At any given moment, my brain is typically tying everything it is experiencing to either Hamilton lyrics or quotes from comedian John Mulaney. On the plane ride back from CEDIA Expo, it was a bit from Mulaney’s New in Town comedy special (available on Netflix and highly recommended) that was winning: “It is really easy not to go to things. It is so much easier not to do things than to do them, that you would do anything is totally remarkable. It is 100 percent easier not to do things, than to do them.”
I have had a busy year as far as travel goes, and the weeks leading into CEDIA Expo were no different, with a number of off-site visits taking place as I was prepping for my trip to Denver. Residential Systems is not deeply staffed, and when I’m away from my desk, it is a challenge to get the day-the-day work done.
I am sure you feel the same when you have to leave your business for…other kinds of business, whether it be education, networking, manufacturer demos, or anything else. And, if you are like me, right as the event approaches you start regretting ever agreeing to do it. To paraphrase Mulaney, it would be 100 percent easier for you not to do it and continue getting work done in your own shop.
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However, after each and every event I went to, I was happy I had gone and definitely left with more insights, knowledge, and ideas. And somehow the work back at office got done, too. Maybe with a bit more stress, but that passed just like the pre-meeting pangs of regret.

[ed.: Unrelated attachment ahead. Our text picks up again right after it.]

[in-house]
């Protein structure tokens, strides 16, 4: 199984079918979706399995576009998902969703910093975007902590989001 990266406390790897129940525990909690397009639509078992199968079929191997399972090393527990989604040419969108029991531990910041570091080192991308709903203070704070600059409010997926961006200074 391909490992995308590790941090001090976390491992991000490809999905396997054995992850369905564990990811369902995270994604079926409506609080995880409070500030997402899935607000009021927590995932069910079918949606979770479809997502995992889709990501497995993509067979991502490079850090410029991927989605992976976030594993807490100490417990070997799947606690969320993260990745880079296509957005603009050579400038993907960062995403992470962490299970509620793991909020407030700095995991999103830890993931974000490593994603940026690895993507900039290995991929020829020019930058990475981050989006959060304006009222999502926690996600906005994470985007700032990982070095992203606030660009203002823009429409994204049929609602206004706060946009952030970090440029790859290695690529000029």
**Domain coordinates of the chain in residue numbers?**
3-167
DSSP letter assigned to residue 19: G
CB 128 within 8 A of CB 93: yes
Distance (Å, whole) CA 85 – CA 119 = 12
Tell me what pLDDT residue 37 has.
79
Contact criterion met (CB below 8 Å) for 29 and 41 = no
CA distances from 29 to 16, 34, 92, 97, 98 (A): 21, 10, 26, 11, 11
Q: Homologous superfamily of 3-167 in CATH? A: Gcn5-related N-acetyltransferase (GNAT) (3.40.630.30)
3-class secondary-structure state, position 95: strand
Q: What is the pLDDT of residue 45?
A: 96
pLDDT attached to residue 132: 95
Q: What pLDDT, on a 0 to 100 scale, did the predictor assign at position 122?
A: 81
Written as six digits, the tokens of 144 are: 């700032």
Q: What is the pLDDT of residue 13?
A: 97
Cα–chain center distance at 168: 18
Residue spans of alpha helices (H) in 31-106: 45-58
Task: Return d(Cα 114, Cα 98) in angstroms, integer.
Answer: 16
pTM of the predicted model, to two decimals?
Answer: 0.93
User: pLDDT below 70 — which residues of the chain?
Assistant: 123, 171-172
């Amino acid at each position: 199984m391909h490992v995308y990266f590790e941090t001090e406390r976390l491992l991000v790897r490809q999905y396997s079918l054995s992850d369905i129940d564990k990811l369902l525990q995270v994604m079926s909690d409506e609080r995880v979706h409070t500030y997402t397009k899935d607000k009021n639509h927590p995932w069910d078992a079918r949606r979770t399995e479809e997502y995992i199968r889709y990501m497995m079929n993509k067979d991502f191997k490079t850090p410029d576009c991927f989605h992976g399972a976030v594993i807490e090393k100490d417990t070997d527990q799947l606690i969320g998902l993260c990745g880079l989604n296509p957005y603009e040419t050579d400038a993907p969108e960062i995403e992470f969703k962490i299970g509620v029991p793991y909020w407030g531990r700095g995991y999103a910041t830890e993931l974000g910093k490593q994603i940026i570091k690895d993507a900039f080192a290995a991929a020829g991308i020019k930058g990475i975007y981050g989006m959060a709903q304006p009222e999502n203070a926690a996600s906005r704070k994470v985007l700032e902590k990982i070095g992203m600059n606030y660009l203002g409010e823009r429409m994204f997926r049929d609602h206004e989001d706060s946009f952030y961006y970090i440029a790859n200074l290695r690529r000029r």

Looking back at the times you took business trips through the past year, can you honestly say that there were ones that you learned nothing from? Even if the event was not directly a class or training program, just seeing the industry from someone else’s perspective can give valuable insight — sometimes that insight is simply confirming that you are already using the right techniques for your business.
We are fortunate enough to work in a very generous industry. Manufacturers open their doors for tours, demos, and training; CEDIA and our buying groups all offer ample education and networking opportunities; and integrators are always ready to share ideas, solutions, and techniques. They just can’t all get to your office to give it.
I know that I will not be able to magically remove the anxieties and stresses I feel leading up to an event — that pull to drop everything and stay in the office and get things done. But I will try to remember that feeling I get leaving the event, and the excitement of getting to apply what I learned.
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So yes, I am going to try and fit more out-of-office experiences into my year — at least as much as my schedule and travel budget will allow.
After all, you’ve got to be in the room where it happens (and Hamilton takes back over…for now).